With the large number of composite repair systems currently available in today's market, it is a challenge for the pipeline industry to determine which repairs systems are best-suited for their particular needs. While regulators and pipeline standards recognize the use of composite materials and several of the current systems have been extensively tested and evaluated, at the present time there are numerous systems that have not been subjected to the same level of scrutiny. Additionally, several pipeline companies were interested in conducting a study to evaluate and confirm the long-term performance of composite repair systems using a testing program involving buried pipe with machined simulated corrosion. For these reasons the current study is being conducted.
The primary focus of this program is to confirm the long-term performance of actual composite repair systems on pipes subjected to in situ service conditions, namely static and cyclic pressures along with cathodic protection. This will be accomplished by conducting long-term testing performance evaluations up to 10 years using current composite repair technologies. During this program the repair system will be charged with repairing corrosion depths of 40, 60, and 75% in 12.75-inch x 0.375-inch, Grade X42 pipes. This study involves ten (10) manufactures and the overall program will involve 165 full-scale pipe samples. Pipes will be repaired, buried, pressurized (including periodic cycling), and removed for burst testing at 1, 2, 3, 5, 7.5, and 10 years as appropriate. A round of burst tests will also be conducted on 30 samples prior to burial and will serve as the baseline measurements. Strain gages will also be installed in the corroded region of each repair and monitored periodically during the testing program.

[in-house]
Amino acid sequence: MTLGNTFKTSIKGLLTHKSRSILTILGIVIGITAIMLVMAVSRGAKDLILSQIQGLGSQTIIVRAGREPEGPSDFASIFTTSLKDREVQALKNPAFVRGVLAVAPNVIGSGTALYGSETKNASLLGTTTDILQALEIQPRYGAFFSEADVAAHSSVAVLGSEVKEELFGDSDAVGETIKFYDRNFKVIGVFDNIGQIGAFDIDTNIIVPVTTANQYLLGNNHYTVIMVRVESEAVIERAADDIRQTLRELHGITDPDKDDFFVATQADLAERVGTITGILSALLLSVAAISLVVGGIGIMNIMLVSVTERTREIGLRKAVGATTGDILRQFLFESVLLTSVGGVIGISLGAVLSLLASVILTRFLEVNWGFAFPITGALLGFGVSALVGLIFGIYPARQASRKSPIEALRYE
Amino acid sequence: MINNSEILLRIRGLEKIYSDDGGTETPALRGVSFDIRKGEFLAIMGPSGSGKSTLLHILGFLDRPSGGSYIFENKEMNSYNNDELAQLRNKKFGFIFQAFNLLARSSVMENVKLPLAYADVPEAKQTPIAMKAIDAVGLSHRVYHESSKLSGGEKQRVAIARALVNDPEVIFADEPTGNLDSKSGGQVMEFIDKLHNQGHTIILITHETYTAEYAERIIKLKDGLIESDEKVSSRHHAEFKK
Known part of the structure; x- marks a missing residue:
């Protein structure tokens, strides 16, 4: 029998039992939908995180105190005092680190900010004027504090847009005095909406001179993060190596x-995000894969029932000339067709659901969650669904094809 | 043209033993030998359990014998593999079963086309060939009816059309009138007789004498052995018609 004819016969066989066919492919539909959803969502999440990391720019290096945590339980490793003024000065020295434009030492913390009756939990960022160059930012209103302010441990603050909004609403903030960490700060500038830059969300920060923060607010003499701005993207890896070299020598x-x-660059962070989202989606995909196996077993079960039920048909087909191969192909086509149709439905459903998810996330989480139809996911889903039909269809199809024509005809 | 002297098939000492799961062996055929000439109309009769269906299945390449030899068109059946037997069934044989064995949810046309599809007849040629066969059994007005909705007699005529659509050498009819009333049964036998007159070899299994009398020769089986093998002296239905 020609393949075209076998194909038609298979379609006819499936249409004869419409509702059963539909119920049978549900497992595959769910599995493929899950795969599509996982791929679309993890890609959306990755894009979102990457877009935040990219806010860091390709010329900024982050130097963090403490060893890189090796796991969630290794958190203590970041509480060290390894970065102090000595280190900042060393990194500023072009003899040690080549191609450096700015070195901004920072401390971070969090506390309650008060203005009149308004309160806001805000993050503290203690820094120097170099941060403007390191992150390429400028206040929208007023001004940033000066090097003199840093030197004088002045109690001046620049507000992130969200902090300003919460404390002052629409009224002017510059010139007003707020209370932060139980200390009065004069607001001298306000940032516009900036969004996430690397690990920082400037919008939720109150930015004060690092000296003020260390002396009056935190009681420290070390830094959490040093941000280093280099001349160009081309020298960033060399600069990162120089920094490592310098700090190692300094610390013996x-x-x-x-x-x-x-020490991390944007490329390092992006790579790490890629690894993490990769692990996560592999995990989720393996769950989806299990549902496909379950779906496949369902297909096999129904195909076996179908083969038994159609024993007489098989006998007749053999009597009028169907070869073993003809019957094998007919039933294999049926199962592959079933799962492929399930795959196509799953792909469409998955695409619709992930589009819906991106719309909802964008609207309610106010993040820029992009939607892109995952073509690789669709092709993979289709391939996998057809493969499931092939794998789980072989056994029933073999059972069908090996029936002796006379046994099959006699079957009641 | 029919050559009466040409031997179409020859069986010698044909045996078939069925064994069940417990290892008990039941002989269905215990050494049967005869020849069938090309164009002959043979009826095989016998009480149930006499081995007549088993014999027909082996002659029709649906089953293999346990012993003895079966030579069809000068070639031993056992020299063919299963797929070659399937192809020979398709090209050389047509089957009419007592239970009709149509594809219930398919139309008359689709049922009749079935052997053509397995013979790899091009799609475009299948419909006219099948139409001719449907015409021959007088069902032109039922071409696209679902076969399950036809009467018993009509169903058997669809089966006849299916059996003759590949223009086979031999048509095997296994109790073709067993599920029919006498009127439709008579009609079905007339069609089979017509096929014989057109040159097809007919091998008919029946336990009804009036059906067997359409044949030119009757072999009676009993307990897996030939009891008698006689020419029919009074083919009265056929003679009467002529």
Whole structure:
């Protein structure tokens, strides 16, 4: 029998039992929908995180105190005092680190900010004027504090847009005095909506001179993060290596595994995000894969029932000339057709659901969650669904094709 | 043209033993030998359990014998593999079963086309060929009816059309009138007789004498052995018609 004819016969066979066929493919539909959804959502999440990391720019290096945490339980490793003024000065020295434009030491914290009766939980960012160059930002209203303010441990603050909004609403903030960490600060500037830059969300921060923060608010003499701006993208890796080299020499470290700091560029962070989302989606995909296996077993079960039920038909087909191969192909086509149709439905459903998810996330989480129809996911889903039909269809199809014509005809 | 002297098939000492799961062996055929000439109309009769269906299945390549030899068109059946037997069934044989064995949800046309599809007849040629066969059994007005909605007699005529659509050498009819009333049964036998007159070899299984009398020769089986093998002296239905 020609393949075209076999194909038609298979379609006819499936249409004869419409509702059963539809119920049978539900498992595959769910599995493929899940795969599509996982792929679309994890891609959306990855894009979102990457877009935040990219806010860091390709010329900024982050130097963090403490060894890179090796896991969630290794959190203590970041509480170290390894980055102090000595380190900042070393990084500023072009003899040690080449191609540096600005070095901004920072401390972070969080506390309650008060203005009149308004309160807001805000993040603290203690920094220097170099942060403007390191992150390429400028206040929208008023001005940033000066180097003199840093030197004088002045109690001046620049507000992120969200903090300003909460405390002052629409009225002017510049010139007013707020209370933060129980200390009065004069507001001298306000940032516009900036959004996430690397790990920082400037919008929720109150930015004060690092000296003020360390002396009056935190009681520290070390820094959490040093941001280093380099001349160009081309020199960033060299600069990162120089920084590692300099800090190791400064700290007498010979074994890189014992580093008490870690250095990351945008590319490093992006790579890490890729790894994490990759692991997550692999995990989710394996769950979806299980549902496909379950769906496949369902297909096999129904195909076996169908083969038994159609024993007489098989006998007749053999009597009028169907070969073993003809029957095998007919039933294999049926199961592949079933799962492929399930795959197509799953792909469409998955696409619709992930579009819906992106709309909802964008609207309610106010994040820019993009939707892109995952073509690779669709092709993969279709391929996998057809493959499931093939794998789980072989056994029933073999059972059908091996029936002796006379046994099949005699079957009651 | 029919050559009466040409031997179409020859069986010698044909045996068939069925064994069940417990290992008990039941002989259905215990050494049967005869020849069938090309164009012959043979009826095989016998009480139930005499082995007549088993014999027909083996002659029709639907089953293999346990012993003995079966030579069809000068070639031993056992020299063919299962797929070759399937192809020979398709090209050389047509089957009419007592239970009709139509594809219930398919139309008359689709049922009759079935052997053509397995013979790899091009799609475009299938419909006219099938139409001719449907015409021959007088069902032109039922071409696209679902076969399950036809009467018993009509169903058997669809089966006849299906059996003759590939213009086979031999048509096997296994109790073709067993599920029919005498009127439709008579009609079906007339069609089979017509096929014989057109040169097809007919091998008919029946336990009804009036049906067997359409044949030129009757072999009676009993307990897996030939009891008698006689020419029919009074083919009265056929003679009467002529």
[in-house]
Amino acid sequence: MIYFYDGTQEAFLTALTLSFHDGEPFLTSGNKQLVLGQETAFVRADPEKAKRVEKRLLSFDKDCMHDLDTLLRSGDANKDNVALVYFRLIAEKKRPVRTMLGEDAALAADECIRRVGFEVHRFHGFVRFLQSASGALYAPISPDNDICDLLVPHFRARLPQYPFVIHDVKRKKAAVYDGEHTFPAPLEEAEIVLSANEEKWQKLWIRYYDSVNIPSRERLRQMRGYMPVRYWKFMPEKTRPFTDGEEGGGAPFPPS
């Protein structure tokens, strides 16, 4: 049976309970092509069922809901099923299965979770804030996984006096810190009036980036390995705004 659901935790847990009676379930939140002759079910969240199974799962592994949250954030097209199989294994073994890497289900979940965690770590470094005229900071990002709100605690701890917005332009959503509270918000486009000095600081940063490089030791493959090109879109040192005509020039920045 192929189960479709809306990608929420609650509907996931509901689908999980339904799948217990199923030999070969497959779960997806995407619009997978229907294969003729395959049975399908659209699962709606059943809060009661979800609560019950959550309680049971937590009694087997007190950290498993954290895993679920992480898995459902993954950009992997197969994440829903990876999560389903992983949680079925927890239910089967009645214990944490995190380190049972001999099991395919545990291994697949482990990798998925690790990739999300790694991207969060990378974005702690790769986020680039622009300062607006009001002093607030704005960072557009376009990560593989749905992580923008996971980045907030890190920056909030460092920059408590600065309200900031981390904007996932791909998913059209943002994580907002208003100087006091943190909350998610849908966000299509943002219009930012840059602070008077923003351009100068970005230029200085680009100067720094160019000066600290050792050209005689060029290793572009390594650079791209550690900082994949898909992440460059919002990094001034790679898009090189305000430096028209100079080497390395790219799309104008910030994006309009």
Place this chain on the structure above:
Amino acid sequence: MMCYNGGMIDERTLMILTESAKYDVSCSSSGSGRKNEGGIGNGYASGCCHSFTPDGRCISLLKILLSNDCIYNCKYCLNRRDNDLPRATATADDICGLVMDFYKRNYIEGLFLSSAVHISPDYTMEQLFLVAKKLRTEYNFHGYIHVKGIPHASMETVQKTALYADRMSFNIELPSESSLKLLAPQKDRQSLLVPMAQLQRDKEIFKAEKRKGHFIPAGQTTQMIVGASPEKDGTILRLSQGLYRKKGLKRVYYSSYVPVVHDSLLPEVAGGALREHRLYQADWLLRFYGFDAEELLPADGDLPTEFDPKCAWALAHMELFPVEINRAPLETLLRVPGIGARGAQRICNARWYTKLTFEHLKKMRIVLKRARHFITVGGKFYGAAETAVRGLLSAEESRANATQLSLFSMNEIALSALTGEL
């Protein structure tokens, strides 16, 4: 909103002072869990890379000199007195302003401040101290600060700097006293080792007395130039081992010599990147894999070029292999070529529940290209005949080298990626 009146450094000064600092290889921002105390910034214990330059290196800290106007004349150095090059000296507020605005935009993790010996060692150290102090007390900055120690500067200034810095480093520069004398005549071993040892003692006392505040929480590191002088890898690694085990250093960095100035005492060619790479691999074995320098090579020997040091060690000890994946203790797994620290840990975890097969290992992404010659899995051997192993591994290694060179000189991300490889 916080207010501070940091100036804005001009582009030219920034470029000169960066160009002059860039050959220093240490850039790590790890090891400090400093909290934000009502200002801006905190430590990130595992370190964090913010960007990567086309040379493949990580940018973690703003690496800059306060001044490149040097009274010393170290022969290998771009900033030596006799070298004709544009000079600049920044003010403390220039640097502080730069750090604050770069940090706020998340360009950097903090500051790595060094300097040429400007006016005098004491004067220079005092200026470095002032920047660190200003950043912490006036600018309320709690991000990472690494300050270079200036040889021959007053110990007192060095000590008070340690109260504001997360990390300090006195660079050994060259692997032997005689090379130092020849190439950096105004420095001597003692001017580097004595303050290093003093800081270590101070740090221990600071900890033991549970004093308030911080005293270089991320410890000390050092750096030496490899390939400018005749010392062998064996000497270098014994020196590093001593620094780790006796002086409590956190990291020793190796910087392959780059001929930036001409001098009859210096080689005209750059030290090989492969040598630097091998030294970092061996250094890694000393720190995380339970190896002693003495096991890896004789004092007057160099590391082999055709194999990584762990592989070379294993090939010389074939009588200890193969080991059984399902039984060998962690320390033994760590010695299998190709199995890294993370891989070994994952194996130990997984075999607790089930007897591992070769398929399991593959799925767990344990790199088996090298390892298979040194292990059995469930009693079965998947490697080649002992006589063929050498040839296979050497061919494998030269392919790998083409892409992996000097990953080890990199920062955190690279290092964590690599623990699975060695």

The primary focus of this program is to catalog and survey the performance of available composite repair systems. The surveying efforts will include two surveys: one for the Users (i.e. pipeline operators), and another for the Manufacturers including their testing results and performance data.
The desired solution from this program is for industry to avoid replacing perfectly good composite repair systems due to a lack of engineering data to support their permanency. This program will also provide a greater understanding about the capabilities and limitations on the long-term use of composite materials to repair high pressure gas and liquid pipelines.